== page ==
Laxton finished his career with 17gp, 4-9-1, and a 5.56 GAA.  Hardly the type of number that would earn you a NHL card.  That hair though!  I couldn't resist.  I did the front of the design after doing the two other goalies from the Penguins for that season.  I am finding the fonts of the 70s to be harder than the fonts of the 80s cards.  Mostly due to the excess use of italics or bending the text.  In this design I didn't use text but the line tool, pencil and fill to do the team name.  If I can find an easier way to do the fonts, I will do more of this set.


1977-78 OPC #397 Gordie Laxton (RC)


1977-78 OPC #397 Gordie Laxton (RC)


  Bonus cards
1977-78 OPC Denis Herron and Dunc Wilson

Monday, June 17, 2019

Baseball: 1986 AL Stars

  I really liked how the 1986-87 OPC Howard Johnson came out.  So I decided to do one for each team.  I didn't realize how many teams use blue and red as their primary colours.  I also think I could have gone with a dark green for the text on Canseco.  Now to start work on the stars of the NL.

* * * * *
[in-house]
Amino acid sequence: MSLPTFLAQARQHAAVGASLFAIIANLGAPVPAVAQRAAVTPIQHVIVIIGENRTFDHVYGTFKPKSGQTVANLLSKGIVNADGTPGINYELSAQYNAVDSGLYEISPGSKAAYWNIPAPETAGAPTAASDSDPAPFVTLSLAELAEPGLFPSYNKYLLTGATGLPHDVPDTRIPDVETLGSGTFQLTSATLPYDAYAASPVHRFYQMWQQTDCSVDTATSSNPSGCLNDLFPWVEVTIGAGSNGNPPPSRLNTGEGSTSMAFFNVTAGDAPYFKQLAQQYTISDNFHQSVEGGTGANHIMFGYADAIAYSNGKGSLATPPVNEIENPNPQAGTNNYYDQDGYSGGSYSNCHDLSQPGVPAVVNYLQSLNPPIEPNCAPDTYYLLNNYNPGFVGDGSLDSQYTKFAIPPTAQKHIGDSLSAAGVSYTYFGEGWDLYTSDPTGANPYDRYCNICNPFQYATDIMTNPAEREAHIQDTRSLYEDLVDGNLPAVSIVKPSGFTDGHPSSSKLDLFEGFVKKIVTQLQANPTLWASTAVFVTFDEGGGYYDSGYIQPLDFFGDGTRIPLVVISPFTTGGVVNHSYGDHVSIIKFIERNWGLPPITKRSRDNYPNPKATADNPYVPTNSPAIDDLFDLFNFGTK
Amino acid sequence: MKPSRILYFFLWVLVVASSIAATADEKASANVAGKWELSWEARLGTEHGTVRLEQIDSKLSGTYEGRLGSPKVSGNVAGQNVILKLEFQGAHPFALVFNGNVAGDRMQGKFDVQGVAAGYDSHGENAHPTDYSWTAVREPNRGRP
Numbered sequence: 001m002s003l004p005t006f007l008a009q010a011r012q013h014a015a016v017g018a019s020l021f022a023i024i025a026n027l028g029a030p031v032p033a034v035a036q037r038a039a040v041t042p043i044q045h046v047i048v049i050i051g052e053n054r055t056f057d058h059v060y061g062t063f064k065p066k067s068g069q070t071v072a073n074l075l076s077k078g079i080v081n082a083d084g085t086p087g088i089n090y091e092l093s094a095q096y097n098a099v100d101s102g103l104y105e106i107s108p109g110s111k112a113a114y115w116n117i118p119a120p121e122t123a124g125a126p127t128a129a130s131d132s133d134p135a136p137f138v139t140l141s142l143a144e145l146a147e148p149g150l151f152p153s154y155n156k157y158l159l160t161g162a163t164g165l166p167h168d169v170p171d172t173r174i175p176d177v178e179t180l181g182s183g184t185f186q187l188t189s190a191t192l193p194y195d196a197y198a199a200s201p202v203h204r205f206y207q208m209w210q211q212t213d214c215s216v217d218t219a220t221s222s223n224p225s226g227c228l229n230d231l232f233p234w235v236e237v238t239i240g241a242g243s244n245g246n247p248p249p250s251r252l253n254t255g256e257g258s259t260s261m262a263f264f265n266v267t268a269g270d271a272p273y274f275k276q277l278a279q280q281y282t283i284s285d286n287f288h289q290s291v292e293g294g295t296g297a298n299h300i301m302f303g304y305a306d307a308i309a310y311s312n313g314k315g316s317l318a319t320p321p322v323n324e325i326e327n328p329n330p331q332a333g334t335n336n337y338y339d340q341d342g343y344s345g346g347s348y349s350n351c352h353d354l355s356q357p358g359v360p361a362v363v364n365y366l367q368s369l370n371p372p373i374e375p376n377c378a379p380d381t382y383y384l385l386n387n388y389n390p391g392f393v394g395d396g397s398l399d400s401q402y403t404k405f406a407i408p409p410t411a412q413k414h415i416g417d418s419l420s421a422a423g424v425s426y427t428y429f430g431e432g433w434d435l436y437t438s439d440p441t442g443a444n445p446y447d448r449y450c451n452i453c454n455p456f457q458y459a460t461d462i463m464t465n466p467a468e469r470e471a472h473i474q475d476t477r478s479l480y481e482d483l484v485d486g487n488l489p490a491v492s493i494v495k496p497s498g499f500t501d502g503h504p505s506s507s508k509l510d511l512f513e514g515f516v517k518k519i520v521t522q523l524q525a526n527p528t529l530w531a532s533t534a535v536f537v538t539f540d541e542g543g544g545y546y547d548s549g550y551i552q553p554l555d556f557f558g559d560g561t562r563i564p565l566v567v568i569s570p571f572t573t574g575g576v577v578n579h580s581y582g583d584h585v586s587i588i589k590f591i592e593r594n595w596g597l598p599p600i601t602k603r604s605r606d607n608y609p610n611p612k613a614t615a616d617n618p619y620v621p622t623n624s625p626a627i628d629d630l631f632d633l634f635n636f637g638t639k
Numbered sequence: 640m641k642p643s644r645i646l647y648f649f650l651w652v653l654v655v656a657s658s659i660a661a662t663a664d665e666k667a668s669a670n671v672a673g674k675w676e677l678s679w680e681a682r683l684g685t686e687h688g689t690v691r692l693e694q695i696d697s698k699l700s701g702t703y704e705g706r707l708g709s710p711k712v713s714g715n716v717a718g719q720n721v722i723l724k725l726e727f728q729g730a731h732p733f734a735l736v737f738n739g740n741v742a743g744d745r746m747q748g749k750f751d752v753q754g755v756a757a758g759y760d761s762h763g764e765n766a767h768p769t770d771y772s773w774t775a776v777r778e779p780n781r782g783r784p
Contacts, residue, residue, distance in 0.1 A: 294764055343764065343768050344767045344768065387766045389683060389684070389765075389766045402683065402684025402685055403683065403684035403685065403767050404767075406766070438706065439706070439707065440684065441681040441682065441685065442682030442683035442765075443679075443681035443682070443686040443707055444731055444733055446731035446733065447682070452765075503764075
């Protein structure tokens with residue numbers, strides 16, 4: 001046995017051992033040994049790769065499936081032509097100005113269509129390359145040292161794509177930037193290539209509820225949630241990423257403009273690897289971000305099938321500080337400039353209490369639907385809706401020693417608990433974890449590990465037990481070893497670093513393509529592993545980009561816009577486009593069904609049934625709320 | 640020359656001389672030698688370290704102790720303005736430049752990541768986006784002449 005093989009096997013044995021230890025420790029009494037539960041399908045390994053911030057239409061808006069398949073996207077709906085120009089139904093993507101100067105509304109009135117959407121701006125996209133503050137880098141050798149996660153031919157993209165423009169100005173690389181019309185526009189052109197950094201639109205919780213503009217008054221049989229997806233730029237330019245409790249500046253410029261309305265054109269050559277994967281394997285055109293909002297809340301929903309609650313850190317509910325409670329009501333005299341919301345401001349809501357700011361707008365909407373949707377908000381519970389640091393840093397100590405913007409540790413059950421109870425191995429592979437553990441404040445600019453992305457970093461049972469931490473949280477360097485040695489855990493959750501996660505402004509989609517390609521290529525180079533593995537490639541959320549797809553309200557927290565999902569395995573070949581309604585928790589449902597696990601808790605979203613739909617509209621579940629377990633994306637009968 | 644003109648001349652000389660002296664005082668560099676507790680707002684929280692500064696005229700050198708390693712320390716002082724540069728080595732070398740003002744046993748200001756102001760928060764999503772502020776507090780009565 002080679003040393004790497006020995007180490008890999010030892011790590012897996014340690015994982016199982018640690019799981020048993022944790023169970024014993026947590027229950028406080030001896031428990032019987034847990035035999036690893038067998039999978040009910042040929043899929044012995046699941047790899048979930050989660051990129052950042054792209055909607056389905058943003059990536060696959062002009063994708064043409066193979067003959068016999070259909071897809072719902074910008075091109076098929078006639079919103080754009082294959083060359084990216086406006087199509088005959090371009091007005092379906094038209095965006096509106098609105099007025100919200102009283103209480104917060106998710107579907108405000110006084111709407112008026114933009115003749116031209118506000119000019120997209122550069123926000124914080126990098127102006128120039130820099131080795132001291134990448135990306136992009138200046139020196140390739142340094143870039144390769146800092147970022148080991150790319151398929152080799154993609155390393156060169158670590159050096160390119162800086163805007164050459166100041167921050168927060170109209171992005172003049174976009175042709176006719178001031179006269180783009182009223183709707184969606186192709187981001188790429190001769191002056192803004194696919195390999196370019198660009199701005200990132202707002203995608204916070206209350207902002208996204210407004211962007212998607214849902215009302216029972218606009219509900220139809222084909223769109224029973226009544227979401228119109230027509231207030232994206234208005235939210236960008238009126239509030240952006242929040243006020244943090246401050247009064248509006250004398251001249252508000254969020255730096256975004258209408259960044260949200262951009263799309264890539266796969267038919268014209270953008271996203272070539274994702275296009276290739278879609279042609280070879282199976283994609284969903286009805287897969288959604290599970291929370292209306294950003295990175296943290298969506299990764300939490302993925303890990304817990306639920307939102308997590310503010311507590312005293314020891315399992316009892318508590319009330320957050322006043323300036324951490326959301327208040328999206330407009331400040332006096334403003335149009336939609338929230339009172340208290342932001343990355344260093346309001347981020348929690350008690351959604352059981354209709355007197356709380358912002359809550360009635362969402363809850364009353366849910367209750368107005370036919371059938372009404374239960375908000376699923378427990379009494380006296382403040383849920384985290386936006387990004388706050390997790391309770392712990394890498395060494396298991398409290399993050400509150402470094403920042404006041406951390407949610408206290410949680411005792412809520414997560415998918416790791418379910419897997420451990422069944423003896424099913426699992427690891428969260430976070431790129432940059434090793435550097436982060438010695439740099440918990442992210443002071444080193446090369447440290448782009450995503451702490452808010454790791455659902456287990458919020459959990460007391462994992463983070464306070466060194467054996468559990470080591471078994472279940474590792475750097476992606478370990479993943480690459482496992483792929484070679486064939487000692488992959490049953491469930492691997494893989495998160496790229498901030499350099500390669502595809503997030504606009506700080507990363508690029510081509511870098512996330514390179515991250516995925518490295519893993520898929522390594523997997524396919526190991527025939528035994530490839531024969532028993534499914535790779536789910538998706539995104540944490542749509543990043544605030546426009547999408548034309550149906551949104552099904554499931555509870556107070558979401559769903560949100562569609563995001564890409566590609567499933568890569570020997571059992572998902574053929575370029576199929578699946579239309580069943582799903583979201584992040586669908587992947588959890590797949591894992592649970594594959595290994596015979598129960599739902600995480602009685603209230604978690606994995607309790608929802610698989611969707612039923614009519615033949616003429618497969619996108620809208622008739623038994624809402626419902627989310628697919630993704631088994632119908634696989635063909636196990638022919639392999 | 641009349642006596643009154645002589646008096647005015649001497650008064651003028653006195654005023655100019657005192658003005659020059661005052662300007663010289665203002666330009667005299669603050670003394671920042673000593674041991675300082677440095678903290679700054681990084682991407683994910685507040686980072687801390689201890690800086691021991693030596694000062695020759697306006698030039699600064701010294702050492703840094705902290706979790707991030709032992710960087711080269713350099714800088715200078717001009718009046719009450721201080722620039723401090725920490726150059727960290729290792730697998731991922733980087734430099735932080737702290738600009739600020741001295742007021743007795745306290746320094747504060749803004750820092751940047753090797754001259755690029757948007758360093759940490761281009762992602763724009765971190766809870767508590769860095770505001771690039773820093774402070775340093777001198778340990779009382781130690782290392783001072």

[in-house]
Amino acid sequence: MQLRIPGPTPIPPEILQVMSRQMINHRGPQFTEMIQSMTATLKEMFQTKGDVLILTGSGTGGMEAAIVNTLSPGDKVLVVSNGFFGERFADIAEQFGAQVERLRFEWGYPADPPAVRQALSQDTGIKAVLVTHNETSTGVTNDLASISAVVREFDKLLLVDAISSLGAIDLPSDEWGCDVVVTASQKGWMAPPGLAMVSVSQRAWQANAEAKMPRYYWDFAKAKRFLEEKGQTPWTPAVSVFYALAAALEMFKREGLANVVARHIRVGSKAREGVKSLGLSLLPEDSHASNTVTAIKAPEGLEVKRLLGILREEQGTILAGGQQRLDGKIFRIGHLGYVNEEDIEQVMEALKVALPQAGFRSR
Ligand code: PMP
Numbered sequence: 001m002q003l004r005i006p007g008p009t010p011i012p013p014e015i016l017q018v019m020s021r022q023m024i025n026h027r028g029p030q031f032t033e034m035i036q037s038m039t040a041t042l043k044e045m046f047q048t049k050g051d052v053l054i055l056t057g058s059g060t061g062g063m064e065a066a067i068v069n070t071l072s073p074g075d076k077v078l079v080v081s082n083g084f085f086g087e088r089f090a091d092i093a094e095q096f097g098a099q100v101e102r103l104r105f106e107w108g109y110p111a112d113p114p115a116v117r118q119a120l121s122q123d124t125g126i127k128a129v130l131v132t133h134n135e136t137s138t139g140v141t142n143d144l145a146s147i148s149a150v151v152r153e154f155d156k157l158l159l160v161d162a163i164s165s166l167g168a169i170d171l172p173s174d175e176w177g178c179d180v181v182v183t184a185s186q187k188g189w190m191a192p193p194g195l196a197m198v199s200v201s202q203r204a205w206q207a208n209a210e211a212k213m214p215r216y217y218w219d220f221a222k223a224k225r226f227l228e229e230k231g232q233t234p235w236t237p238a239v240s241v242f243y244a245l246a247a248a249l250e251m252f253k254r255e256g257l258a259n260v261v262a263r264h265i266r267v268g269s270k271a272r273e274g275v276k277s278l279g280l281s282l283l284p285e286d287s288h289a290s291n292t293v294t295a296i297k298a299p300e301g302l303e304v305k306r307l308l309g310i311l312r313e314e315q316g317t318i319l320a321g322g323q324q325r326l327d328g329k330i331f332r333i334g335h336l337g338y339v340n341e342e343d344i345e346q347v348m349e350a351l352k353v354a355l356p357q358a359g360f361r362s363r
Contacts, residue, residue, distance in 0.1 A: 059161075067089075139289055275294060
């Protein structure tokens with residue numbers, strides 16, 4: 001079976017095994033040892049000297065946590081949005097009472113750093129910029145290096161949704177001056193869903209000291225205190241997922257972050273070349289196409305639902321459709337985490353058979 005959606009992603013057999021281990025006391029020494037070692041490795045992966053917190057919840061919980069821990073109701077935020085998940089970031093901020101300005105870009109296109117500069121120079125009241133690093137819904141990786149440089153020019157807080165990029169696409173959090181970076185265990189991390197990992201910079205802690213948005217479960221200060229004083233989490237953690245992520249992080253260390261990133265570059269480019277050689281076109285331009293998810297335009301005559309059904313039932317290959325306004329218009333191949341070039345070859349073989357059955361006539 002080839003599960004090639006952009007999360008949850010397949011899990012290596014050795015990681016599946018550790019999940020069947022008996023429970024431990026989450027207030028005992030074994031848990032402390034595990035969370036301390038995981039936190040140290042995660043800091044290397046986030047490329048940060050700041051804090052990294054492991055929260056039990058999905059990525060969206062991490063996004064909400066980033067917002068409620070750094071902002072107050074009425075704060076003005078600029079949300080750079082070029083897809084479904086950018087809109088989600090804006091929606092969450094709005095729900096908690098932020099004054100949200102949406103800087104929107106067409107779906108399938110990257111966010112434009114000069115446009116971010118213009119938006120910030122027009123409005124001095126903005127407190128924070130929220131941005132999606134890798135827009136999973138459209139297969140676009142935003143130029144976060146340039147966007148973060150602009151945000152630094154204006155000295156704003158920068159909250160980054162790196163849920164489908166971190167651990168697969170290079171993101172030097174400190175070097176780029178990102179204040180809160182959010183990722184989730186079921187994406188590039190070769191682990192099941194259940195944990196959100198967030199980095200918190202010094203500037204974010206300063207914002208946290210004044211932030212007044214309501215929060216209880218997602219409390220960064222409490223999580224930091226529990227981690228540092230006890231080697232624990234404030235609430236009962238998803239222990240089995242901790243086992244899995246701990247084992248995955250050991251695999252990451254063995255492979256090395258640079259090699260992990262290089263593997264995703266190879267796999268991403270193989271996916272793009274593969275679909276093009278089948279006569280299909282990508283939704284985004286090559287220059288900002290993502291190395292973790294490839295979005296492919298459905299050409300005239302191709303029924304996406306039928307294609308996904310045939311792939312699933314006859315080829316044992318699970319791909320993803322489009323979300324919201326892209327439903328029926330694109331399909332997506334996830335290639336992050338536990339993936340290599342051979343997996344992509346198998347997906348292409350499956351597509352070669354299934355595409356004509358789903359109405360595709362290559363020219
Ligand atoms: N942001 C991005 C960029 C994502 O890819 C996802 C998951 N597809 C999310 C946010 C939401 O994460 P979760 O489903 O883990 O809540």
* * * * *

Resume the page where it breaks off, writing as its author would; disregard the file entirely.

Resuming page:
Baines was a triple crown winner for the lowly White Sox, 21 HR, 88 RBI, .296 Avg.
Barfield led the majors in home runs with a career best of 40. 
Boggs hit a league best .357.  He hit .350 of better in 4 consecutive seasons.  He's also of my favourite players so I did him a card instead of AL MVP and Cy Young winner, Roger Clemans.


Brett struggled through injuries but still posted a .401 on base.
Rookie of the year Canseco swatted 33 homers and 117 RBI.
Carter hit 29 Hrs and led the majors with 121 RBI.  


Higuera won a career best 20 games in his sophomore season.
Mattingly hit 31hr, 113rbi, .352 avg and a ML leading .967 OPS.
Oddibe led the Rangers with 105 runs scored and 33 stolen bases.

   

Presley led the basement dwelling Mariniers with 27 HR and 107 RBI.
Puckett hit a career high 31 HR, and won his first of six Silver Slugger awards.
Ripken led all major league shortstops with 25 HR and 81 RBI.


Trammell hit 21 HR and stole 25 bases while leading the Tigers with a .277 avg
Witt led the AL winning Angels with 18 wins and was a Cy Young finalist.